Wives, children and cholesterol levels have all slowed SoG members recently. But certain sequences of words will always make our hearts aflutter and break our lethargy.
“Five Course Pork Dinner” may be at the top of the list.
Meme, the shoebox size restaurant at 22nd and Spruce, was holding said pork dinner, and it featured five heavyweight chefs from around the city, who each would tackle a course, with a wine or beer pairing for each. One rule: use pig in some way or another. Sounds awesome, right? Well, it must have appealed to tons of people, as we were only able to score 2 seats to the dinner. A tough decision loomed: send two member of the Society, or unite in solidarity and have no one attend.
I am now lying through my internet teeth. There was no decision. It was five courses of pork! Kyle, an SoG Board of Trustees member, and I got the honor, mostly because 1) I called and 2) Kyle was standing next to me when I called and 3) it was five courses of pork! I mean, I was envisioning things like pork toothpicks and bacon breath mints. Nothing could stop us.
So we went on an only slightly awkward man date. We arrived at the restaurant a little before the 8:45 seating and the chefs were mulling around outside, having just completed their first seating. Excitement, and wafts of jowl meat, were in the air. What follows are crappy iPhone pics I took. If you want really well-lit and composed photos from the dinner, check out the Meal Ticket gallery here.
Hors d’oeuvres by Meme’s David Katz: The host really set the tone for the evening. In fact, the above photo attests to the fact that I was so excited, I began consuming the plate before taking a pic. These four tastes were a real highlight of the entire meal. No descriptions on the menu, so I’m winging it here by saying it was (from left to right) an awesome, awesome, awesome pate, a fried quail egg atop pork belly (“an entire plate of breakfast in one bite” according to Kyle), some pork rinds (I think), and a pork stuffed cherry pepper. The only thing that could make this collection of dishes better, and porkier, is if it was served on a flap of pig skin rather than a plate (Chef Katz, feel free to use this idea, free of charge).
First Course: Lettuce Soup with Pork Belly, Roasted Heirloom Tomatoes by Bistrot La Minette’s Peter Woolsey: This was a soup that was all fresh summery summer-ness, with a big ‘ol slab of pork belly in the middle. Pretty damn good.
Second Course: Crispy Pig Head in Filo with Gribich Sauce by Bibou’s Pierre Calmels: This dish arrived and kinda looked like a seared Hot Pocket next to a lump of tartar sauce with a few greens next to it. But then I bit into it. Holy hell, it was fantastic. It was the absolute essence of pork, swaddled in a light filo dough that gave just enough crunch to that unbelievable pig head inside. This whole thing may sound weird, but it was amazing. In a night of really great dishes, it was the clear winner. On a side note, this was paired with a really weird white wine, an ’04 Etoile “Savignon” Domaine Montbourgeau. The sommelier for the night told us it would be “challenging” while I found it more “metallic” and Kyle thought it was “gasoline-ish.” Whatever, I’d drink gasoline if I could have that pig’s head again.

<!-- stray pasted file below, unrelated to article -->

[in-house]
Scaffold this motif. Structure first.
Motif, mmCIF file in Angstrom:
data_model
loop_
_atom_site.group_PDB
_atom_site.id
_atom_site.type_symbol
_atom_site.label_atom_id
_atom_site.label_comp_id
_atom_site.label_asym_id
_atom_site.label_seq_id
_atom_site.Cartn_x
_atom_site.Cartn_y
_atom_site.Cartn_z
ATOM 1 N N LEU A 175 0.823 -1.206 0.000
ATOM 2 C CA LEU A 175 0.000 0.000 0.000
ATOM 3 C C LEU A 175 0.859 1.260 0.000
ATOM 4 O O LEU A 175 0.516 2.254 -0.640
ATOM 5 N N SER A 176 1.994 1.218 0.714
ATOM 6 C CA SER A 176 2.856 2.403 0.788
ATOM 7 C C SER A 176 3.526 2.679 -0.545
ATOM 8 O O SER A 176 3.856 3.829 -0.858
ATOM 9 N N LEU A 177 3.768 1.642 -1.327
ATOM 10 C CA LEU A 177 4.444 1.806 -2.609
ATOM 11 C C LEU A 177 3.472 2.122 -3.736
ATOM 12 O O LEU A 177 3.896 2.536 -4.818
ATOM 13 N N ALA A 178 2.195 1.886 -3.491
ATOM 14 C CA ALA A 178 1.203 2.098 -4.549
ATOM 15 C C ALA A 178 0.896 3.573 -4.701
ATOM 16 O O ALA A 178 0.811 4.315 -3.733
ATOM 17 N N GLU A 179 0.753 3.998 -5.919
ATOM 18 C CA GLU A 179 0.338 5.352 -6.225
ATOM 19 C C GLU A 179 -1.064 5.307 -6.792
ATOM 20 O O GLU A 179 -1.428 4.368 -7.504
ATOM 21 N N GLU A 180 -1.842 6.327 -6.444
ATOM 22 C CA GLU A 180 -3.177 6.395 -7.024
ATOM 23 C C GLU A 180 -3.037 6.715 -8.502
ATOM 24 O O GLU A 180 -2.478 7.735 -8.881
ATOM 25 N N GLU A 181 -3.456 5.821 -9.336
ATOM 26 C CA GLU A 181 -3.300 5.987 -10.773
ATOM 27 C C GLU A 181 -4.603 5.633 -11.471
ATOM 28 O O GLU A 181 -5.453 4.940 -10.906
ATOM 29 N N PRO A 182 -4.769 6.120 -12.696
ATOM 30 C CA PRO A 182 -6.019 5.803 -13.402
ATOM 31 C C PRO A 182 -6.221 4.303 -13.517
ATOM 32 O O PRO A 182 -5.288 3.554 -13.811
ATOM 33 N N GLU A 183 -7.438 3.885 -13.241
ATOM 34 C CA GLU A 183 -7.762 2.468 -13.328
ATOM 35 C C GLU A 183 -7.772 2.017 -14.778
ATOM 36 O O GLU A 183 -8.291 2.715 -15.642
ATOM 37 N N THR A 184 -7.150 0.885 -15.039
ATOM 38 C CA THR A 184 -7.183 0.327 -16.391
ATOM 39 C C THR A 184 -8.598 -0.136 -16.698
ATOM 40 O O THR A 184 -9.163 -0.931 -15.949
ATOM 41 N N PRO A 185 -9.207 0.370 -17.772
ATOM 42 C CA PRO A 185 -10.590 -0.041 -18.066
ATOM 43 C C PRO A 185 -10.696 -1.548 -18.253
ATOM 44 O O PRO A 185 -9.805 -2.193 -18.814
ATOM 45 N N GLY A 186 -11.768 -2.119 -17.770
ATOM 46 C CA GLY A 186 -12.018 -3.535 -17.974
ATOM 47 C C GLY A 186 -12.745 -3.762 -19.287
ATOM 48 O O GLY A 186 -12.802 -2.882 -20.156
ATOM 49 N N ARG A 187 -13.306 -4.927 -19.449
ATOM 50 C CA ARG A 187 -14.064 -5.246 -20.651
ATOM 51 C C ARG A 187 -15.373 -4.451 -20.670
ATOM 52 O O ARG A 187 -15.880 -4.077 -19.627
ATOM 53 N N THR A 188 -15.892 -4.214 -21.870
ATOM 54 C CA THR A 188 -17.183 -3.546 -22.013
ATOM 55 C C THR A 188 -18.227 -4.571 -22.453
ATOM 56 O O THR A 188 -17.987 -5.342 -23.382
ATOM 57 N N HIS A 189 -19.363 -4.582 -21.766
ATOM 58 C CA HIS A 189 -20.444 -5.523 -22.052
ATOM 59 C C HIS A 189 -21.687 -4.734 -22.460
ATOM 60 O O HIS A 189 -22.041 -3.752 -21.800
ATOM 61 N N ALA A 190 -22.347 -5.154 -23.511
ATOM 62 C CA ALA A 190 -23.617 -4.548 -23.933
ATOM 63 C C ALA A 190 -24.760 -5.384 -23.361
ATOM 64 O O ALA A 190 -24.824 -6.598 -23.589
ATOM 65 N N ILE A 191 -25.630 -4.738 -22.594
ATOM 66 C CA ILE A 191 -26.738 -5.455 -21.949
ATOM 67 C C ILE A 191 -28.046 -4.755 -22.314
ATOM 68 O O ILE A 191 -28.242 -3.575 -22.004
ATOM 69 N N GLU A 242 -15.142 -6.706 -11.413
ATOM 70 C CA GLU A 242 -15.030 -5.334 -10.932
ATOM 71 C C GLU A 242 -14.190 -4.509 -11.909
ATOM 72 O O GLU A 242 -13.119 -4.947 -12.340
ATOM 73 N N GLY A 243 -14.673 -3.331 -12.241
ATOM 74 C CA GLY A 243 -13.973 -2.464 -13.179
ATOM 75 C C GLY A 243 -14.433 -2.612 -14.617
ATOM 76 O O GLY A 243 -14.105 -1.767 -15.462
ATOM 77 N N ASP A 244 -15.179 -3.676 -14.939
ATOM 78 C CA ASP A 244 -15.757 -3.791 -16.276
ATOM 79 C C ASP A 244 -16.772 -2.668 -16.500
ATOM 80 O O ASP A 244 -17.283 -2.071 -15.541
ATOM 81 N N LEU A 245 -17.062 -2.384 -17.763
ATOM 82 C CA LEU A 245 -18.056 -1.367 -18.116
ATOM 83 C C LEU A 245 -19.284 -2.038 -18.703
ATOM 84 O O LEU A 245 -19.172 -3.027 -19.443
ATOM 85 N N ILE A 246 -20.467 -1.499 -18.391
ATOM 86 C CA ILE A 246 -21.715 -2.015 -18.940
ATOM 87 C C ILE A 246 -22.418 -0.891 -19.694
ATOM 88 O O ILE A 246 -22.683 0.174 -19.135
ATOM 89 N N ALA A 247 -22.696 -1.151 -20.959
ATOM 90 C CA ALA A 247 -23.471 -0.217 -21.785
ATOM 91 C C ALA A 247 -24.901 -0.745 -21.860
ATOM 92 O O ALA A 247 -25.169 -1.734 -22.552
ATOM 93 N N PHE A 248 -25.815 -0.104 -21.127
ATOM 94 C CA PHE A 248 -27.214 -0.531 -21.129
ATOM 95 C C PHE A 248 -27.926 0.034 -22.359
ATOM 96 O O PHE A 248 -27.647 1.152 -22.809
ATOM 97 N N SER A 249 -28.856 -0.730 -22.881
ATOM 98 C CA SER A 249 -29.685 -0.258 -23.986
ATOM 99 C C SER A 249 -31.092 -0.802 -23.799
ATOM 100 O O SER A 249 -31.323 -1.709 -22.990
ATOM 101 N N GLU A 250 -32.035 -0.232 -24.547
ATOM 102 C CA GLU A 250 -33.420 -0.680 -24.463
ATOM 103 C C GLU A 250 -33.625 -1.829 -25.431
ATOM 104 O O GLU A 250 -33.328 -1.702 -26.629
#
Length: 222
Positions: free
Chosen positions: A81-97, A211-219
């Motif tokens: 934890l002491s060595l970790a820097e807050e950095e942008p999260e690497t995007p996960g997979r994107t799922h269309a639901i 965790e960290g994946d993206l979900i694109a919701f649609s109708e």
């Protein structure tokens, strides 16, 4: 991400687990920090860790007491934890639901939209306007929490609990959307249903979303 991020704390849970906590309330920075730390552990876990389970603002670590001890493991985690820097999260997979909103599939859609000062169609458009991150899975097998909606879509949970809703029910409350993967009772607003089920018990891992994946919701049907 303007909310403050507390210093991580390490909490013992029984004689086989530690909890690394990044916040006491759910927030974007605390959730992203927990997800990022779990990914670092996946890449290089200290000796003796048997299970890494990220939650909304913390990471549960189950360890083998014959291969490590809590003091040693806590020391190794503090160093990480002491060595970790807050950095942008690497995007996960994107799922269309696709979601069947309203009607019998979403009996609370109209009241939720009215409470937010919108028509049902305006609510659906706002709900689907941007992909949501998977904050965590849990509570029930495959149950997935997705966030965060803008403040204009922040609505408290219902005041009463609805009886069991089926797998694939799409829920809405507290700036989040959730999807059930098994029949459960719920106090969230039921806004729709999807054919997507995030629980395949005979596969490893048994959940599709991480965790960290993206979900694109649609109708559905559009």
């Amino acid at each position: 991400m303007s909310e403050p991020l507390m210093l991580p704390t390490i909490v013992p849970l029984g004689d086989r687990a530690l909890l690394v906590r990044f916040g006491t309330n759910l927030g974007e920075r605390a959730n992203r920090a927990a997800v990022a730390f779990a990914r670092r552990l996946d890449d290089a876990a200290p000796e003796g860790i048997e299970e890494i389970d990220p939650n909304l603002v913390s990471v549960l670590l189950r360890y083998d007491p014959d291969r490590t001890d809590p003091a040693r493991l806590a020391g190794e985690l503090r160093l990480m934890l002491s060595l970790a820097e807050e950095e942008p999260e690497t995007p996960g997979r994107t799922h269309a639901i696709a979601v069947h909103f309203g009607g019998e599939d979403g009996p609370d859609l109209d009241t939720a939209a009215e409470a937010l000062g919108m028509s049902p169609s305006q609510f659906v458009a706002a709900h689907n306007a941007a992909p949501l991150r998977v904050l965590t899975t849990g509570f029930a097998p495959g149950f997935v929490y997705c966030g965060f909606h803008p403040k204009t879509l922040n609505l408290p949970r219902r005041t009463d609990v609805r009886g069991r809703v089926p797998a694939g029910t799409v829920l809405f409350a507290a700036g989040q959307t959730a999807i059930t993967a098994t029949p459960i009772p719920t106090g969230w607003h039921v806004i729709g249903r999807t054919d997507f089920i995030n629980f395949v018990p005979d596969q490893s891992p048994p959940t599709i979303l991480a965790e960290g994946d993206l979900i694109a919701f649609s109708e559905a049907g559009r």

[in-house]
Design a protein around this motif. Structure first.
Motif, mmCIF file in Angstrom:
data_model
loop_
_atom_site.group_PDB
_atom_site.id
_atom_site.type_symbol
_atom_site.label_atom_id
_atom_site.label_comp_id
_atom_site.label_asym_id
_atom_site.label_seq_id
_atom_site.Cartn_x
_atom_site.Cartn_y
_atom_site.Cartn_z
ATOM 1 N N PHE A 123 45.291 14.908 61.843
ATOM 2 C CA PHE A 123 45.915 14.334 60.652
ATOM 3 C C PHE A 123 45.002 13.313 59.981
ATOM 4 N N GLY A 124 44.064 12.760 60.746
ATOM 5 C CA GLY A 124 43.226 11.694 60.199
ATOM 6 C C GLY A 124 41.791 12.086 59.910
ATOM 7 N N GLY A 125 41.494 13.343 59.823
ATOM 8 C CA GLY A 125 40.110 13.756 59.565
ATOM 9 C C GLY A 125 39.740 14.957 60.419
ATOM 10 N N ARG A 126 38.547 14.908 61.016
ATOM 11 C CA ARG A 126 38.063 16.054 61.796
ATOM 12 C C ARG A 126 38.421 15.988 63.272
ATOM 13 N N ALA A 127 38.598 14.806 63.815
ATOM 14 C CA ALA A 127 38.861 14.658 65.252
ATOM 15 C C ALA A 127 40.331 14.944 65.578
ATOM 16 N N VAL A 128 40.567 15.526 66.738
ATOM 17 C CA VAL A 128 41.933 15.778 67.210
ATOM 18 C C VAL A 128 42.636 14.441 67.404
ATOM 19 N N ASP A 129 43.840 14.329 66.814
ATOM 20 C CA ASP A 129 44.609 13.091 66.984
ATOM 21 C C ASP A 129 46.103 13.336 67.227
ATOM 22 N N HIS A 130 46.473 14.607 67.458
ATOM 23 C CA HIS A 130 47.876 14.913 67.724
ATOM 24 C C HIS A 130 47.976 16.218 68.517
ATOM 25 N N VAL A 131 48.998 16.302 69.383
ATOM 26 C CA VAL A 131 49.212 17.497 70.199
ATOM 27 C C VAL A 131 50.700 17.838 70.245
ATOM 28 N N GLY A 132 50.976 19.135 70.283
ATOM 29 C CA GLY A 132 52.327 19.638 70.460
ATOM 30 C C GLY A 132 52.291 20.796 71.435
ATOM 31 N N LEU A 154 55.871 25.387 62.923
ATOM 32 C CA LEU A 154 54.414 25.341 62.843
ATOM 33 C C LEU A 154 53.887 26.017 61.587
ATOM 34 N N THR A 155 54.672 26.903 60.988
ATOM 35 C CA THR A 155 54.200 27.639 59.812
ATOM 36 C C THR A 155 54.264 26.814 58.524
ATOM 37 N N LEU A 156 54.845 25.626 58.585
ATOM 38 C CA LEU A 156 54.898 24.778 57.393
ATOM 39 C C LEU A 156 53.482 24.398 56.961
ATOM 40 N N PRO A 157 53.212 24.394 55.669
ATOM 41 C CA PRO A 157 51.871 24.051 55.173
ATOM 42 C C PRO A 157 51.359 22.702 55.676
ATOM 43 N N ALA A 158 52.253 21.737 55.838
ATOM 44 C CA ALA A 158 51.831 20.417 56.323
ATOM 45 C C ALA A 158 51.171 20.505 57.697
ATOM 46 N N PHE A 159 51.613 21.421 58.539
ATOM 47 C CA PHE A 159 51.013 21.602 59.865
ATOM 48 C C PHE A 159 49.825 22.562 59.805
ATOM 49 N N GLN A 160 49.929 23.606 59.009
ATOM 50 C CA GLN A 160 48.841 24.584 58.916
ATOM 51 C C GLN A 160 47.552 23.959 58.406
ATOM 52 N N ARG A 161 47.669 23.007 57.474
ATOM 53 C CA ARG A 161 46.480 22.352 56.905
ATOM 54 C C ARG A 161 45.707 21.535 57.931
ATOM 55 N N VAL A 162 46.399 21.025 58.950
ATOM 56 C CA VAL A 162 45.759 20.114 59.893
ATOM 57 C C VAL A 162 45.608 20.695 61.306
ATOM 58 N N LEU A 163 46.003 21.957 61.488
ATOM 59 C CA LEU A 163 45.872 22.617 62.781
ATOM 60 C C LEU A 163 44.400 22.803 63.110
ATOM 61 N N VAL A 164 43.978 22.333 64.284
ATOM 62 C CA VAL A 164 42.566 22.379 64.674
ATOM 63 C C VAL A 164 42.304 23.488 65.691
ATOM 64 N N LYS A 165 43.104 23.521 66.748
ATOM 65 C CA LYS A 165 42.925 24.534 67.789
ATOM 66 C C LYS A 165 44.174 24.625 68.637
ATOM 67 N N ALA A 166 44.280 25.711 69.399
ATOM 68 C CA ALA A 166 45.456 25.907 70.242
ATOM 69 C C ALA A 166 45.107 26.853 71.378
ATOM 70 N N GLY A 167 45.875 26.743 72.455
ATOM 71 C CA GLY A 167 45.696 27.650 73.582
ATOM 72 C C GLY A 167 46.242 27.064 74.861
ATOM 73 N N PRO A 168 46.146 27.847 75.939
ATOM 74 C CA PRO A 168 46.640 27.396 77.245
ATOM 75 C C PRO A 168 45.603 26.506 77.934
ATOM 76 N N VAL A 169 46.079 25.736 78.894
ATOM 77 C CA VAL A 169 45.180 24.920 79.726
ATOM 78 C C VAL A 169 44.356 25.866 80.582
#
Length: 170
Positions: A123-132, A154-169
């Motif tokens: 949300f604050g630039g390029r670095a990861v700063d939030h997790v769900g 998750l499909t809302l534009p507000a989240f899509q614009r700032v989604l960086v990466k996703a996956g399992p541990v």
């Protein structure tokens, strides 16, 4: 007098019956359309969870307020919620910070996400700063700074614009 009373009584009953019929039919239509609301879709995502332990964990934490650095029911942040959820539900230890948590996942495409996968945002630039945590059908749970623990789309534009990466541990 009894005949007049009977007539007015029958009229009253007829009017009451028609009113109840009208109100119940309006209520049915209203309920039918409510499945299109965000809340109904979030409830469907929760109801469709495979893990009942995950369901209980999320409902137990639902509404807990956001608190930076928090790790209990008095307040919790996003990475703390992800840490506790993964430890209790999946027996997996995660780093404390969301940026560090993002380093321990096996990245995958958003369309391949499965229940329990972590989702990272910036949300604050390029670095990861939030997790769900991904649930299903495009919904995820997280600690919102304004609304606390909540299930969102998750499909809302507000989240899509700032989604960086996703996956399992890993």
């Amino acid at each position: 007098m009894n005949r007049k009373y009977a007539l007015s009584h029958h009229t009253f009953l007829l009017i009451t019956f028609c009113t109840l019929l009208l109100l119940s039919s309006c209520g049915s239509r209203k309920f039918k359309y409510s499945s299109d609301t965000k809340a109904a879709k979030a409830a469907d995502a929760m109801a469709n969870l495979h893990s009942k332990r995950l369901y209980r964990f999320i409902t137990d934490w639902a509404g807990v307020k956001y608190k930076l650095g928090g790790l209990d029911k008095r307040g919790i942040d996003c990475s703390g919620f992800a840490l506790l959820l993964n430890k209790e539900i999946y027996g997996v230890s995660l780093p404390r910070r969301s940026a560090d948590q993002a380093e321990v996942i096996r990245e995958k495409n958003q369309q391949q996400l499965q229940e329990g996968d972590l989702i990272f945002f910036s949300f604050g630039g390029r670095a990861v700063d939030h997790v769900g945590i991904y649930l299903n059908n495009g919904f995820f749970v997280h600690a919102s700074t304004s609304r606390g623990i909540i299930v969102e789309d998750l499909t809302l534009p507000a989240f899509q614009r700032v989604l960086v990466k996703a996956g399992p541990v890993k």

Third Course: Grilled Wild Shrimp with House Cured Pancetta, Orrchiette, Rosemary Butter and Shrimp Jus by Fork’s Terence Feury: Chef Feury introduced this dish by talking about how he and his brother, Patrick, had worked with Victory Brewing on a special Fists of Feury Ale, and the beer turned out to be fantastic. Victory’s beers sometimes get a little to bombastic for their own good, but this one did not. As for the food, at first I was a little disappointed to see the lack of pork on the plate, but if you were going to have a seafood-heavy dish, it should be on the heals of the previous pork bomb dish. And this dish was very good.
Fourth Course: Pork Belly Confit with Creamed Corn, Sea Urchin, Mango Pickle by Zahav’s Michael Solomonov: We were really excited for this dish. It’s pig cooked in it’s own fat, for tit’s sake. But something happened between the kitchen and table, as the whole dish turned out to be a little weird, particularly from a texture standpoint. It was all slightly mushy–like eating a raw pork cutlet. The sides were good and it was paired with the best wine of the night, a really earthy red, a 2006 Rosso di Montalcino, La Torre.
Fifth Course: Honey Grilled Peaches, Marscapone Sorbet, Capricola, Almond Brittle by 10Arts’ Jen Carroll & Monica Glass: Pork dessert has the makings of a disaster, but this was really, really good. I’d sprinkle that almond brittle and capricola on just about anything, and the seasonal peaches and sorbet lightened it all up. This dessert made me happy. So did the five courses of beer and wine.
All in all, it was a great night, with awesome dishes across the board. Though at the risk of sounding like gluttons (which we are), Kyle and I both thought the chefs could have even gone a little porkier with the dishes. But that’s a minor quibble from two fairly disgusting human beings. I’ll be back next year. Maybe I’ll bring the pork toothpicks.